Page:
Employment rates falls while economic inactivity rises

The latest labour market statistics show unemployment up, employment down and economic inactivity continuing to rise.

Three people sitting at a job interview


Employment rates for this Parliament have fallen for the first time in decades, according to the latest figures from the Office for National Statistics.

The March to May figures show employment down to 74.3% and unemployment up to 4.4%.

Economic inactivity also continues to rise and is now at 22.3% while job vacancies have fallen by 12,000. The sectors worst hit in terms of job vacancies were wholesale and retail trade and repair of motor vehicles and motorcycles, while health, social care and professional, scientific and technical activities were the sectors which had increased vacancies the most. Wages are still rising at an average rate, in real terms, of 2.3%.

The ONS says increases in economic inactivity over the latest quarter were largely because of those aged 50 to 64 years, with looking after family and home, long-term sickness or temporary sickness the main causes.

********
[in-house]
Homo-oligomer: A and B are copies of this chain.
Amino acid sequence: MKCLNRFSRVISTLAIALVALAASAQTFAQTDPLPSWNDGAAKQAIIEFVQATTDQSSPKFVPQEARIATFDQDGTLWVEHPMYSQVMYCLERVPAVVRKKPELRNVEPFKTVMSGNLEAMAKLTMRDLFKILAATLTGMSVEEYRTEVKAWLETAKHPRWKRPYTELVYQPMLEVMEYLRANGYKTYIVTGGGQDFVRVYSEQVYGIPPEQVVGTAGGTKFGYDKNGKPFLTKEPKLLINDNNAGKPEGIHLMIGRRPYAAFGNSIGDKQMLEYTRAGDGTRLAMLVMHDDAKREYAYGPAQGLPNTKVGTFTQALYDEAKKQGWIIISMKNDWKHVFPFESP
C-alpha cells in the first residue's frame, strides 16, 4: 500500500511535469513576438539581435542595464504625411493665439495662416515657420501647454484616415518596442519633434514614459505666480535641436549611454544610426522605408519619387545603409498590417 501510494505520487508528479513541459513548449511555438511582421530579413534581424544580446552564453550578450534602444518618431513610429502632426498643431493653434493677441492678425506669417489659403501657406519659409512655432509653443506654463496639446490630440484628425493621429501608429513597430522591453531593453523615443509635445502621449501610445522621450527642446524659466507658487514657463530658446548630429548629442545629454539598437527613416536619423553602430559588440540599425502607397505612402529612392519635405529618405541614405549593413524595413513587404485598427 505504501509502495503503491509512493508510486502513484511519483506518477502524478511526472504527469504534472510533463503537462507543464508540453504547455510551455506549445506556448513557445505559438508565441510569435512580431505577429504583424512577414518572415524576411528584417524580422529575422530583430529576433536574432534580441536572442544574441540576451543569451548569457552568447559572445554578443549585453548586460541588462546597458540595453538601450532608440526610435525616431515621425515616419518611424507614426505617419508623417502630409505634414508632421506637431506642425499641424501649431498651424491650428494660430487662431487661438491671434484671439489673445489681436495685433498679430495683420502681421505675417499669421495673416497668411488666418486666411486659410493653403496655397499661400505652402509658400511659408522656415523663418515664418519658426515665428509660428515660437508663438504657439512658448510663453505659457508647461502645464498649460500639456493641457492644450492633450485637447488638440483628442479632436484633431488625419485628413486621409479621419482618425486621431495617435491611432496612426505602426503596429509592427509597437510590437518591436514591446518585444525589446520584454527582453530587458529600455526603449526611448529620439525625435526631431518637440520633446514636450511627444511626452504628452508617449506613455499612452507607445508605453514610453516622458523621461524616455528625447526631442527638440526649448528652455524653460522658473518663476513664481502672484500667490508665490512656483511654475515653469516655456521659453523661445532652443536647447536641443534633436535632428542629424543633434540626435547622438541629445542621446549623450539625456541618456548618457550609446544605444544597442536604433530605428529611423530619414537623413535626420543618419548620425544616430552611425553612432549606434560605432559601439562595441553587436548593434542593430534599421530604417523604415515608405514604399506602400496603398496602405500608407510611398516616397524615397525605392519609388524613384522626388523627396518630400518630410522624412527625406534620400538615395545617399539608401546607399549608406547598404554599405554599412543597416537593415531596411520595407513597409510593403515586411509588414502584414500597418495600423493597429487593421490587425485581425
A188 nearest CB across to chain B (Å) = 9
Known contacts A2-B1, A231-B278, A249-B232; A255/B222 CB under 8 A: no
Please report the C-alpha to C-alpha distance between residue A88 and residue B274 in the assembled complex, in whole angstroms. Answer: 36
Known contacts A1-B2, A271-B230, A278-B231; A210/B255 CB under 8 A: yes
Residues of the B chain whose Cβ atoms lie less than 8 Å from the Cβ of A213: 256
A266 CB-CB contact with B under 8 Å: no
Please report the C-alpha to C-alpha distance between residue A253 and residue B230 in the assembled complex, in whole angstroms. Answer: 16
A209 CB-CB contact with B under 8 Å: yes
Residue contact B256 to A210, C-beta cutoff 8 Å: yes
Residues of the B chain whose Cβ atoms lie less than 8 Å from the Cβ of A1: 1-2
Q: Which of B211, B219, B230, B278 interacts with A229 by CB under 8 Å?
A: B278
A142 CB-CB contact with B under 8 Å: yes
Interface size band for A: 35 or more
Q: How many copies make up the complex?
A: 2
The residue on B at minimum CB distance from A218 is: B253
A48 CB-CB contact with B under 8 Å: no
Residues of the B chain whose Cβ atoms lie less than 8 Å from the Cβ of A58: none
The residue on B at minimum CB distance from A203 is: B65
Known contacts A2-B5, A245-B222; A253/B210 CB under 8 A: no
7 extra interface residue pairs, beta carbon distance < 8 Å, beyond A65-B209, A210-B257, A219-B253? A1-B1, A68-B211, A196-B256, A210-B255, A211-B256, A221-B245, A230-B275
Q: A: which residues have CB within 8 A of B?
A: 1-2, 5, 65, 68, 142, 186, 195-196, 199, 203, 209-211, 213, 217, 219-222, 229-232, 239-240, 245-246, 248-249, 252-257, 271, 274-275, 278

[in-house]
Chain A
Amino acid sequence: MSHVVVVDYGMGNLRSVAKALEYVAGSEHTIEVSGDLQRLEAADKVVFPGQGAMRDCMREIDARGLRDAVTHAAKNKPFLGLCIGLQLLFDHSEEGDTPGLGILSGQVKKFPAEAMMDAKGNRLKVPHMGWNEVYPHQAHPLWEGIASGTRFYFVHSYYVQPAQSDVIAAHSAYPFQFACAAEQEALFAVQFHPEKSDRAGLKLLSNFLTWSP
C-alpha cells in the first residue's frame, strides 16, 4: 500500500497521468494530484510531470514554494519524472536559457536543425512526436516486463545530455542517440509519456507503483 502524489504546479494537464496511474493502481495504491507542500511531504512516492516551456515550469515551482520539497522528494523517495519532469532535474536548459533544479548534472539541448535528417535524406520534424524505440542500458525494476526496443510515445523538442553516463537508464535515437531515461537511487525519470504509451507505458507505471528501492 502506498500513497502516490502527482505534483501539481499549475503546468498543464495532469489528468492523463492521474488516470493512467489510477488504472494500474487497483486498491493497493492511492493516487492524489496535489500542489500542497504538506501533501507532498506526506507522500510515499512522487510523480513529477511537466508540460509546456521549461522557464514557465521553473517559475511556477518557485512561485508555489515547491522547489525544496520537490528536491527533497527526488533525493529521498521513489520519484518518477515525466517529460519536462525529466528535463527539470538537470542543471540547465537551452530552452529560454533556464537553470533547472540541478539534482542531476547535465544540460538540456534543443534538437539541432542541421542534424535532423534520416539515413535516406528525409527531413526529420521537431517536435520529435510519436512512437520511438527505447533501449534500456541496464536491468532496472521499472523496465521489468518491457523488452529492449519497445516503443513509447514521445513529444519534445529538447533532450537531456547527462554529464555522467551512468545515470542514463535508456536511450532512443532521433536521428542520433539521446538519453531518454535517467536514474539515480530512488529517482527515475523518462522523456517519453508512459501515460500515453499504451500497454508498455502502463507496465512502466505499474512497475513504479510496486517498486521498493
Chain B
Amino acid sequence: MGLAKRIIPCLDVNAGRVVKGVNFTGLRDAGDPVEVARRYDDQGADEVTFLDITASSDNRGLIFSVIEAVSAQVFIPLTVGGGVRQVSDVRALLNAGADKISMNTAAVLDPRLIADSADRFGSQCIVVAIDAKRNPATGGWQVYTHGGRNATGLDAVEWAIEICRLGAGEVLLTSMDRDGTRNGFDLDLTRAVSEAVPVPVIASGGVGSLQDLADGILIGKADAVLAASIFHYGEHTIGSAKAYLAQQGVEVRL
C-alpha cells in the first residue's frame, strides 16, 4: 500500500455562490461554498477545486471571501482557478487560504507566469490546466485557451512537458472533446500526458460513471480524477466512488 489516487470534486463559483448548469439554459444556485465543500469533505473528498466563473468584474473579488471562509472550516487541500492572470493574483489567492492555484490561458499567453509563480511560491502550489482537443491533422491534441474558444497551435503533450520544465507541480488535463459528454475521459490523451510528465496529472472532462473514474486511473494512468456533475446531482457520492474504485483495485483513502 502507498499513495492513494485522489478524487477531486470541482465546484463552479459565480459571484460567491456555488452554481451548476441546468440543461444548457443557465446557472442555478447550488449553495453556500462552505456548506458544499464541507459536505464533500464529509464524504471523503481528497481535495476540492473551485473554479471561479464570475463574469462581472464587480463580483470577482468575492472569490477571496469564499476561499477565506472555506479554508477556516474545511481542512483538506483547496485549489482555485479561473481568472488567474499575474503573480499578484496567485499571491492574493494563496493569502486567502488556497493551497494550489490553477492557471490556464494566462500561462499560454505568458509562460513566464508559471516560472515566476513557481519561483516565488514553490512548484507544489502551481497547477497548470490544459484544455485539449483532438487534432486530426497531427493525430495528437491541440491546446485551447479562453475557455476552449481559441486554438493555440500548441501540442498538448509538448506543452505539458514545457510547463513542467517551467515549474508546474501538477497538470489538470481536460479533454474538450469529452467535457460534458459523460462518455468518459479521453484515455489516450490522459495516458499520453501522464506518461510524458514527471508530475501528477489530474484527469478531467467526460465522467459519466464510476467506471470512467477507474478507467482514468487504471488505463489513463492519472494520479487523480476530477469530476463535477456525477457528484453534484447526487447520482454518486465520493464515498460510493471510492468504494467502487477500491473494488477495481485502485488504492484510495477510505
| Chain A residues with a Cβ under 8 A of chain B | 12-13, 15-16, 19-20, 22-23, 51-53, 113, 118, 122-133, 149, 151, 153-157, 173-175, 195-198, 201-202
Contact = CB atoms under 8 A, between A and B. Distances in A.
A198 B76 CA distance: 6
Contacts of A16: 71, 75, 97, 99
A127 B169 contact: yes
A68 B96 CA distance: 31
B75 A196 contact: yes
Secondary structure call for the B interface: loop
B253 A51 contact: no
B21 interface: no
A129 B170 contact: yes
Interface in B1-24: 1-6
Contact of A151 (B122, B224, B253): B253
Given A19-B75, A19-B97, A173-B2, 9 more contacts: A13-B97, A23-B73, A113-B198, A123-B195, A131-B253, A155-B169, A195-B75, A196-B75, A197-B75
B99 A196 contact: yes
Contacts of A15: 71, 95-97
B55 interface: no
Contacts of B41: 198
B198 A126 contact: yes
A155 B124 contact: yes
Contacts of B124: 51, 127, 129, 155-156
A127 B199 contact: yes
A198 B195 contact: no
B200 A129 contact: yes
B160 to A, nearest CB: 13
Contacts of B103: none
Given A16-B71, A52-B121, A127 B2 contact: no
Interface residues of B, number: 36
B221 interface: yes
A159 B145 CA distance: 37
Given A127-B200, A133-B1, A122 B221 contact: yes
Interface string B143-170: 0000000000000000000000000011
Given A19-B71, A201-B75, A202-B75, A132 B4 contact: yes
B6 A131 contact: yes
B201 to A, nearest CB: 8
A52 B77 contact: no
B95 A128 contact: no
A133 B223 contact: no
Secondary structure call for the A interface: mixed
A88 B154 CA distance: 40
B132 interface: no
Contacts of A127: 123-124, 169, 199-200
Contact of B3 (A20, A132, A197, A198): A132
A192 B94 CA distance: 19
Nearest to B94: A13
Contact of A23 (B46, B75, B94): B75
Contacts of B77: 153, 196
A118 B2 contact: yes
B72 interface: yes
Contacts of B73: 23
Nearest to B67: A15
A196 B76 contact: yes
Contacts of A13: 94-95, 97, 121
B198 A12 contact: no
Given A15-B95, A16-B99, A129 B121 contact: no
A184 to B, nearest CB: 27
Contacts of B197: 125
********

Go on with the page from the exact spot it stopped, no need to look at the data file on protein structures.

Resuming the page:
Tony Wilson, Director at the Institute for Employment Studies said: “The last Parliament has been truly dismal for employment, and today’s figures are the worst that we have seen since the pandemic. For the first time since Thatcher’s first term, the number of people in work has fallen, down by around 40,000 since Boris Johnson’s victory. By comparison, employment grew by nearly four million between 2010 and 2019, and by nearly three million across Labour’s three terms (which included the great financial crisis). This Parliament has also seen the largest rise in economic inactivity and largest contraction in the size of the workforce since comparable records began in 1971. And this just isn’t happening in other countries, with the UK virtually the only developed economy where the employment rate has fallen since the Covid-19 pandemic.

“We need to address this urgently, because when employment stops growing the economy stops growing too. Reforming employment support needs to be a top priority for the next Parliament, so that more people can get access to the help that they need to get back into work and get on in work.”


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